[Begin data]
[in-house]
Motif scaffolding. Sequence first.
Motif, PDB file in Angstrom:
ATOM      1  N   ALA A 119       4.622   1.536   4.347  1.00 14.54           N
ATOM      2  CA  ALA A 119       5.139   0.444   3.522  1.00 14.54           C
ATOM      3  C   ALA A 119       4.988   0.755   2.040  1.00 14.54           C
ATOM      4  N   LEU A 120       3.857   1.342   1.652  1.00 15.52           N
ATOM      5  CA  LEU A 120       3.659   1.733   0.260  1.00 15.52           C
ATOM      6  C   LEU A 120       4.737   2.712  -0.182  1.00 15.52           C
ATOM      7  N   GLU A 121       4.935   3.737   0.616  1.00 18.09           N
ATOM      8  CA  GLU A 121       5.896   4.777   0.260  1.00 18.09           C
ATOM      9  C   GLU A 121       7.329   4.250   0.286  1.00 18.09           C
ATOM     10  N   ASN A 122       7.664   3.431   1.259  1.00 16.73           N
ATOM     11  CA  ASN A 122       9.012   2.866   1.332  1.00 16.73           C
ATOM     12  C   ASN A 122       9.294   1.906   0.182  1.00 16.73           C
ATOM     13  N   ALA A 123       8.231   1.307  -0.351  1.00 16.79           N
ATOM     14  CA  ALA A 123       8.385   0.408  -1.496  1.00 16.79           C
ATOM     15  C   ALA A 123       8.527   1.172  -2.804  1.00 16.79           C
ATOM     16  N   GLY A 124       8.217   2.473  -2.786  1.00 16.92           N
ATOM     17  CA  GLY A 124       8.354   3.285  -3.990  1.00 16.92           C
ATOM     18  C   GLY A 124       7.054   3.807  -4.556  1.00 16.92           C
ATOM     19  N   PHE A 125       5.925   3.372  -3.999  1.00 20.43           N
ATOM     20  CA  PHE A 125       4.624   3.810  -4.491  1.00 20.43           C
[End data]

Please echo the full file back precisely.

[in-house]
Motif scaffolding. Sequence first.
Motif, PDB file in Angstrom:
ATOM      1  N   ALA A 119       4.622   1.536   4.347  1.00 14.54           N
ATOM      2  CA  ALA A 119       5.139   0.444   3.522  1.00 14.54           C
ATOM      3  C   ALA A 119       4.988   0.755   2.040  1.00 14.54           C
ATOM      4  N   LEU A 120       3.857   1.342   1.652  1.00 15.52           N
ATOM      5  CA  LEU A 120       3.659   1.733   0.260  1.00 15.52           C
ATOM      6  C   LEU A 120       4.737   2.712  -0.182  1.00 15.52           C
ATOM      7  N   GLU A 121       4.935   3.737   0.616  1.00 18.09           N
ATOM      8  CA  GLU A 121       5.896   4.777   0.260  1.00 18.09           C
ATOM      9  C   GLU A 121       7.329   4.250   0.286  1.00 18.09           C
ATOM     10  N   ASN A 122       7.664   3.431   1.259  1.00 16.73           N
ATOM     11  CA  ASN A 122       9.012   2.866   1.332  1.00 16.73           C
ATOM     12  C   ASN A 122       9.294   1.906   0.182  1.00 16.73           C
ATOM     13  N   ALA A 123       8.231   1.307  -0.351  1.00 16.79           N
ATOM     14  CA  ALA A 123       8.385   0.408  -1.496  1.00 16.79           C
ATOM     15  C   ALA A 123       8.527   1.172  -2.804  1.00 16.79           C
ATOM     16  N   GLY A 124       8.217   2.473  -2.786  1.00 16.92           N
ATOM     17  CA  GLY A 124       8.354   3.285  -3.990  1.00 16.92           C
ATOM     18  C   GLY A 124       7.054   3.807  -4.556  1.00 16.92           C
ATOM     19  N   PHE A 125       5.925   3.372  -3.999  1.00 20.43           N
ATOM     20  CA  PHE A 125       4.624   3.810  -4.491  1.00 20.43           C